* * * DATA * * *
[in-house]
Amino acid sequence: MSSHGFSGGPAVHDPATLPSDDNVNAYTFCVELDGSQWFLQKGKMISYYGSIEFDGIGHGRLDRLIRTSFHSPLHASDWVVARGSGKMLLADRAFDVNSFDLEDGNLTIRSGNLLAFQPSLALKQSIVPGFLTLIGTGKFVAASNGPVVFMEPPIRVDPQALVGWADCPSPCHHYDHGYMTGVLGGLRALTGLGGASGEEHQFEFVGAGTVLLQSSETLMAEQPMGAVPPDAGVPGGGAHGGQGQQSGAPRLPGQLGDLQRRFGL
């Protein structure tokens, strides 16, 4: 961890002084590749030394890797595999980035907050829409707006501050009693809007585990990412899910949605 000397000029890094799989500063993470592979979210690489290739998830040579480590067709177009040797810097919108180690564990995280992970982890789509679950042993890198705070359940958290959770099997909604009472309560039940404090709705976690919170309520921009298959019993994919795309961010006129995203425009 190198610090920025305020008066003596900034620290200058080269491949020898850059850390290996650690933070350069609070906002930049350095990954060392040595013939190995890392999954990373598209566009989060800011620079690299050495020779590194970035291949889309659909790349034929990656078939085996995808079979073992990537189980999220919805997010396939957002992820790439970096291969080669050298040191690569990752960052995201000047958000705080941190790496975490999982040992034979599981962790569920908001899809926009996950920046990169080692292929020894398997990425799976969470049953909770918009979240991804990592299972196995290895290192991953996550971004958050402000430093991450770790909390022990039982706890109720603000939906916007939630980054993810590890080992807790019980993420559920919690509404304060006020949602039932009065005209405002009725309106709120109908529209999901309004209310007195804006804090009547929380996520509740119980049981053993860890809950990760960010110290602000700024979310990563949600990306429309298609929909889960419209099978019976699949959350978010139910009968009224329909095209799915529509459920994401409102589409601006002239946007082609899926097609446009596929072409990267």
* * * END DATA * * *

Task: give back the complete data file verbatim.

[in-house]
Amino acid sequence: MSSHGFSGGPAVHDPATLPSDDNVNAYTFCVELDGSQWFLQKGKMISYYGSIEFDGIGHGRLDRLIRTSFHSPLHASDWVVARGSGKMLLADRAFDVNSFDLEDGNLTIRSGNLLAFQPSLALKQSIVPGFLTLIGTGKFVAASNGPVVFMEPPIRVDPQALVGWADCPSPCHHYDHGYMTGVLGGLRALTGLGGASGEEHQFEFVGAGTVLLQSSETLMAEQPMGAVPPDAGVPGGGAHGGQGQQSGAPRLPGQLGDLQRRFGL
């Protein structure tokens, strides 16, 4: 961890002084590749030394890797595999980035907050829409707006501050009693809007585990990412899910949605 000397000029890094799989500063993470592979979210690489290739998830040579480590067709177009040797810097919108180690564990995280992970982890789509679950042993890198705070359940958290959770099997909604009472309560039940404090709705976690919170309520921009298959019993994919795309961010006129995203425009 190198610090920025305020008066003596900034620290200058080269491949020898850059850390290996650690933070350069609070906002930049350095990954060392040595013939190995890392999954990373598209566009989060800011620079690299050495020779590194970035291949889309659909790349034929990656078939085996995808079979073992990537189980999220919805997010396939957002992820790439970096291969080669050298040191690569990752960052995201000047958000705080941190790496975490999982040992034979599981962790569920908001899809926009996950920046990169080692292929020894398997990425799976969470049953909770918009979240991804990592299972196995290895290192991953996550971004958050402000430093991450770790909390022990039982706890109720603000939906916007939630980054993810590890080992807790019980993420559920919690509404304060006020949602039932009065005209405002009725309106709120109908529209999901309004209310007195804006804090009547929380996520509740119980049981053993860890809950990760960010110290602000700024979310990563949600990306429309298609929909889960419209099978019976699949959350978010139910009968009224329909095209799915529509459920994401409102589409601006002239946007082609899926097609446009596929072409990267």